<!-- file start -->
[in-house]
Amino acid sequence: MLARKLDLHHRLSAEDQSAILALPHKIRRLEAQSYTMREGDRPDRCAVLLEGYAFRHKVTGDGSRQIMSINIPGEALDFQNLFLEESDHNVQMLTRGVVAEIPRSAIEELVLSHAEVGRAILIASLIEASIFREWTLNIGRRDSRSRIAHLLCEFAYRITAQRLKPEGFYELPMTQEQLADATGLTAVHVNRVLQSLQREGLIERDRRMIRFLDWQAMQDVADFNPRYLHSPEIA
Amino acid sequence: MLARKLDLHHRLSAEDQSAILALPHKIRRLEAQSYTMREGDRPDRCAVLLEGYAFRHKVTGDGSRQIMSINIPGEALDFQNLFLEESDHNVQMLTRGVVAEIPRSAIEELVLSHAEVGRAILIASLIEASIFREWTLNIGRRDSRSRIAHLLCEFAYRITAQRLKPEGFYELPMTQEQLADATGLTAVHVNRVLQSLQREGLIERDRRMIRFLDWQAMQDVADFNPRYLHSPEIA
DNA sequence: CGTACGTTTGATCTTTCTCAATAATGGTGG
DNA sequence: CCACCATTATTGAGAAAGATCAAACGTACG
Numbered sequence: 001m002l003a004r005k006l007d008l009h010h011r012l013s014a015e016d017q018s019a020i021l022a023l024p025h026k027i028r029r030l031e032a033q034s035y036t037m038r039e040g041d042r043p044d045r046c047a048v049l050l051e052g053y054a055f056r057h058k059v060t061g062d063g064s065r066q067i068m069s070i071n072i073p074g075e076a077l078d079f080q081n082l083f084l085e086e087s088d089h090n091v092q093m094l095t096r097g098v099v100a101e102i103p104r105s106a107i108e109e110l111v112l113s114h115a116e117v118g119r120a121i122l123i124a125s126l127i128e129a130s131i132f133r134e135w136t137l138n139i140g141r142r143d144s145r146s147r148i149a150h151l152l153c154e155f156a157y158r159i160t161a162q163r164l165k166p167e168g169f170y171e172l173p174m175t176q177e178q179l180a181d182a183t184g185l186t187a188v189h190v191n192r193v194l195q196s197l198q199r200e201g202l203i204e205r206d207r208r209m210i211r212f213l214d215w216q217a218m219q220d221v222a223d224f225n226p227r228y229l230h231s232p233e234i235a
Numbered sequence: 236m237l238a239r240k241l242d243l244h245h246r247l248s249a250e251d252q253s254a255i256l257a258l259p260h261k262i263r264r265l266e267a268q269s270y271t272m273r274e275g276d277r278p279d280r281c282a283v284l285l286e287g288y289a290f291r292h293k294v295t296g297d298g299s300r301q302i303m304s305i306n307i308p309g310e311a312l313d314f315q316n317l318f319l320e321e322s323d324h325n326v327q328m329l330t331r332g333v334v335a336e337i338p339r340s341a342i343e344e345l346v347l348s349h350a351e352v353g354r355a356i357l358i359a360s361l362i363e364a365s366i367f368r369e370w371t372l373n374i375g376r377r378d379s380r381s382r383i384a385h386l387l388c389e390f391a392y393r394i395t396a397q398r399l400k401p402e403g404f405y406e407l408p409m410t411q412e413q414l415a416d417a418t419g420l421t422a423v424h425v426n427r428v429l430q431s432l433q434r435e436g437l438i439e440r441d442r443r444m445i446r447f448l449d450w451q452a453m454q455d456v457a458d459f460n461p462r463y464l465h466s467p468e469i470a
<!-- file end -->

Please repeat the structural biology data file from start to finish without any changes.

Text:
[in-house]
Amino acid sequence: MLARKLDLHHRLSAEDQSAILALPHKIRRLEAQSYTMREGDRPDRCAVLLEGYAFRHKVTGDGSRQIMSINIPGEALDFQNLFLEESDHNVQMLTRGVVAEIPRSAIEELVLSHAEVGRAILIASLIEASIFREWTLNIGRRDSRSRIAHLLCEFAYRITAQRLKPEGFYELPMTQEQLADATGLTAVHVNRVLQSLQREGLIERDRRMIRFLDWQAMQDVADFNPRYLHSPEIA
Amino acid sequence: MLARKLDLHHRLSAEDQSAILALPHKIRRLEAQSYTMREGDRPDRCAVLLEGYAFRHKVTGDGSRQIMSINIPGEALDFQNLFLEESDHNVQMLTRGVVAEIPRSAIEELVLSHAEVGRAILIASLIEASIFREWTLNIGRRDSRSRIAHLLCEFAYRITAQRLKPEGFYELPMTQEQLADATGLTAVHVNRVLQSLQREGLIERDRRMIRFLDWQAMQDVADFNPRYLHSPEIA
DNA sequence: CGTACGTTTGATCTTTCTCAATAATGGTGG
DNA sequence: CCACCATTATTGAGAAAGATCAAACGTACG
Numbered sequence: 001m002l003a004r005k006l007d008l009h010h011r012l013s014a015e016d017q018s019a020i021l022a023l024p025h026k027i028r029r030l031e032a033q034s035y036t037m038r039e040g041d042r043p044d045r046c047a048v049l050l051e052g053y054a055f056r057h058k059v060t061g062d063g064s065r066q067i068m069s070i071n072i073p074g075e076a077l078d079f080q081n082l083f084l085e086e087s088d089h090n091v092q093m094l095t096r097g098v099v100a101e102i103p104r105s106a107i108e109e110l111v112l113s114h115a116e117v118g119r120a121i122l123i124a125s126l127i128e129a130s131i132f133r134e135w136t137l138n139i140g141r142r143d144s145r146s147r148i149a150h151l152l153c154e155f156a157y158r159i160t161a162q163r164l165k166p167e168g169f170y171e172l173p174m175t176q177e178q179l180a181d182a183t184g185l186t187a188v189h190v191n192r193v194l195q196s197l198q199r200e201g202l203i204e205r206d207r208r209m210i211r212f213l214d215w216q217a218m219q220d221v222a223d224f225n226p227r228y229l230h231s232p233e234i235a
Numbered sequence: 236m237l238a239r240k241l242d243l244h245h246r247l248s249a250e251d252q253s254a255i256l257a258l259p260h261k262i263r264r265l266e267a268q269s270y271t272m273r274e275g276d277r278p279d280r281c282a283v284l285l286e287g288y289a290f291r292h293k294v295t296g297d298g299s300r301q302i303m304s305i306n307i308p309g310e311a312l313d314f315q316n317l318f319l320e321e322s323d324h325n326v327q328m329l330t331r332g333v334v335a336e337i338p339r340s341a342i343e344e345l346v347l348s349h350a351e352v353g354r355a356i357l358i359a360s361l362i363e364a365s366i367f368r369e370w371t372l373n374i375g376r377r378d379s380r381s382r383i384a385h386l387l388c389e390f391a392y393r394i395t396a397q398r399l400k401p402e403g404f405y406e407l408p409m410t411q412e413q414l415a416d417a418t419g420l421t422a423v424h425v426n427r428v429l430q431s432l433q434r435e436g437l438i439e440r441d442r443r444m445i446r447f448l449d450w451q452a453m454q455d456v457a458d459f460n461p462r463y464l465h466s467p468e469i470a